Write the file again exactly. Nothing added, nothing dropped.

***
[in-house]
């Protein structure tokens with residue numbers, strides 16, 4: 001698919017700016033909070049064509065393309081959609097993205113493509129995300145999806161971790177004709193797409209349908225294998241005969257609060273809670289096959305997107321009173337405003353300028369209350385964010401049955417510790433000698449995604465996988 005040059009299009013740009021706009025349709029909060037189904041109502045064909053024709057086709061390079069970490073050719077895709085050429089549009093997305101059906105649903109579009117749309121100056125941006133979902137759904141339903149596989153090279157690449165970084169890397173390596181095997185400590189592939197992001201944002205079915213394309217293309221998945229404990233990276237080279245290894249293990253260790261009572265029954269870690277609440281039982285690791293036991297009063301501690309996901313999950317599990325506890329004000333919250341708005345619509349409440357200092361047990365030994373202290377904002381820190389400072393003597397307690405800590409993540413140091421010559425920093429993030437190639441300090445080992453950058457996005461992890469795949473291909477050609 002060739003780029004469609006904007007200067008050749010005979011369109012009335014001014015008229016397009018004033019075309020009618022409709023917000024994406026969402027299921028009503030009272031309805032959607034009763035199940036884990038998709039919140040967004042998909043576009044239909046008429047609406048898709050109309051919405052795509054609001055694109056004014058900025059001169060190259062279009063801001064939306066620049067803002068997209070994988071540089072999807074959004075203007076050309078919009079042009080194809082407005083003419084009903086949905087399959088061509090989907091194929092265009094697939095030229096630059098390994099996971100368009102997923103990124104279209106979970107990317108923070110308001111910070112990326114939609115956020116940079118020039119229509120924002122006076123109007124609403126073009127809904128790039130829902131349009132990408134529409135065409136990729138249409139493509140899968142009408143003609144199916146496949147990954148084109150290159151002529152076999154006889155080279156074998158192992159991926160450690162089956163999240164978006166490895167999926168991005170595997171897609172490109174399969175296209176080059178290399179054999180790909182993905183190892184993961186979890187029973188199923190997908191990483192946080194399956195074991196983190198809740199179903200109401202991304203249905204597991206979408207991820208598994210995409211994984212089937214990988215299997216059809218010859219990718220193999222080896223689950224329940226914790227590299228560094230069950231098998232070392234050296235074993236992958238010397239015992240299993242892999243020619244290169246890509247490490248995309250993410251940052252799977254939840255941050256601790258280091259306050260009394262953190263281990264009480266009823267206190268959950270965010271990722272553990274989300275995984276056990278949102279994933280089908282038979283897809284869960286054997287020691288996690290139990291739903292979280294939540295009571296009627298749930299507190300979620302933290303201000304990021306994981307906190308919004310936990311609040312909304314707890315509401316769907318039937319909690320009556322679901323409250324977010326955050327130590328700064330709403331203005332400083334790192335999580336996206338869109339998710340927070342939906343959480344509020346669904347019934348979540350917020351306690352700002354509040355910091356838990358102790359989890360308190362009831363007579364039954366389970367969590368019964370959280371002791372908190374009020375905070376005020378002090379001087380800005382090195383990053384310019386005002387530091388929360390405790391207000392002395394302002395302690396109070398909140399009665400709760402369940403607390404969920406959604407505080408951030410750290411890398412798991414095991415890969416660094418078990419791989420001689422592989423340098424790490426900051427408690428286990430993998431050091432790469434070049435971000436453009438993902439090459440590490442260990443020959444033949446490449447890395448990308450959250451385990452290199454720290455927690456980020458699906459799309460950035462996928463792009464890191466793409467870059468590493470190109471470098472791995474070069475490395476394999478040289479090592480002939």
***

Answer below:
[in-house]
């Protein structure tokens with residue numbers, strides 16, 4: 001698919017700016033909070049064509065393309081959609097993205113493509129995300145999806161971790177004709193797409209349908225294998241005969257609060273809670289096959305997107321009173337405003353300028369209350385964010401049955417510790433000698449995604465996988 005040059009299009013740009021706009025349709029909060037189904041109502045064909053024709057086709061390079069970490073050719077895709085050429089549009093997305101059906105649903109579009117749309121100056125941006133979902137759904141339903149596989153090279157690449165970084169890397173390596181095997185400590189592939197992001201944002205079915213394309217293309221998945229404990233990276237080279245290894249293990253260790261009572265029954269870690277609440281039982285690791293036991297009063301501690309996901313999950317599990325506890329004000333919250341708005345619509349409440357200092361047990365030994373202290377904002381820190389400072393003597397307690405800590409993540413140091421010559425920093429993030437190639441300090445080992453950058457996005461992890469795949473291909477050609 002060739003780029004469609006904007007200067008050749010005979011369109012009335014001014015008229016397009018004033019075309020009618022409709023917000024994406026969402027299921028009503030009272031309805032959607034009763035199940036884990038998709039919140040967004042998909043576009044239909046008429047609406048898709050109309051919405052795509054609001055694109056004014058900025059001169060190259062279009063801001064939306066620049067803002068997209070994988071540089072999807074959004075203007076050309078919009079042009080194809082407005083003419084009903086949905087399959088061509090989907091194929092265009094697939095030229096630059098390994099996971100368009102997923103990124104279209106979970107990317108923070110308001111910070112990326114939609115956020116940079118020039119229509120924002122006076123109007124609403126073009127809904128790039130829902131349009132990408134529409135065409136990729138249409139493509140899968142009408143003609144199916146496949147990954148084109150290159151002529152076999154006889155080279156074998158192992159991926160450690162089956163999240164978006166490895167999926168991005170595997171897609172490109174399969175296209176080059178290399179054999180790909182993905183190892184993961186979890187029973188199923190997908191990483192946080194399956195074991196983190198809740199179903200109401202991304203249905204597991206979408207991820208598994210995409211994984212089937214990988215299997216059809218010859219990718220193999222080896223689950224329940226914790227590299228560094230069950231098998232070392234050296235074993236992958238010397239015992240299993242892999243020619244290169246890509247490490248995309250993410251940052252799977254939840255941050256601790258280091259306050260009394262953190263281990264009480266009823267206190268959950270965010271990722272553990274989300275995984276056990278949102279994933280089908282038979283897809284869960286054997287020691288996690290139990291739903292979280294939540295009571296009627298749930299507190300979620302933290303201000304990021306994981307906190308919004310936990311609040312909304314707890315509401316769907318039937319909690320009556322679901323409250324977010326955050327130590328700064330709403331203005332400083334790192335999580336996206338869109339998710340927070342939906343959480344509020346669904347019934348979540350917020351306690352700002354509040355910091356838990358102790359989890360308190362009831363007579364039954366389970367969590368019964370959280371002791372908190374009020375905070376005020378002090379001087380800005382090195383990053384310019386005002387530091388929360390405790391207000392002395394302002395302690396109070398909140399009665400709760402369940403607390404969920406959604407505080408951030410750290411890398412798991414095991415890969416660094418078990419791989420001689422592989423340098424790490426900051427408690428286990430993998431050091432790469434070049435971000436453009438993902439090459440590490442260990443020959444033949446490449447890395448990308450959250451385990452290199454720290455927690456980020458699906459799309460950035462996928463792009464890191466793409467870059468590493470190109471470098472791995474070069475490395476394999478040289479090592480002939």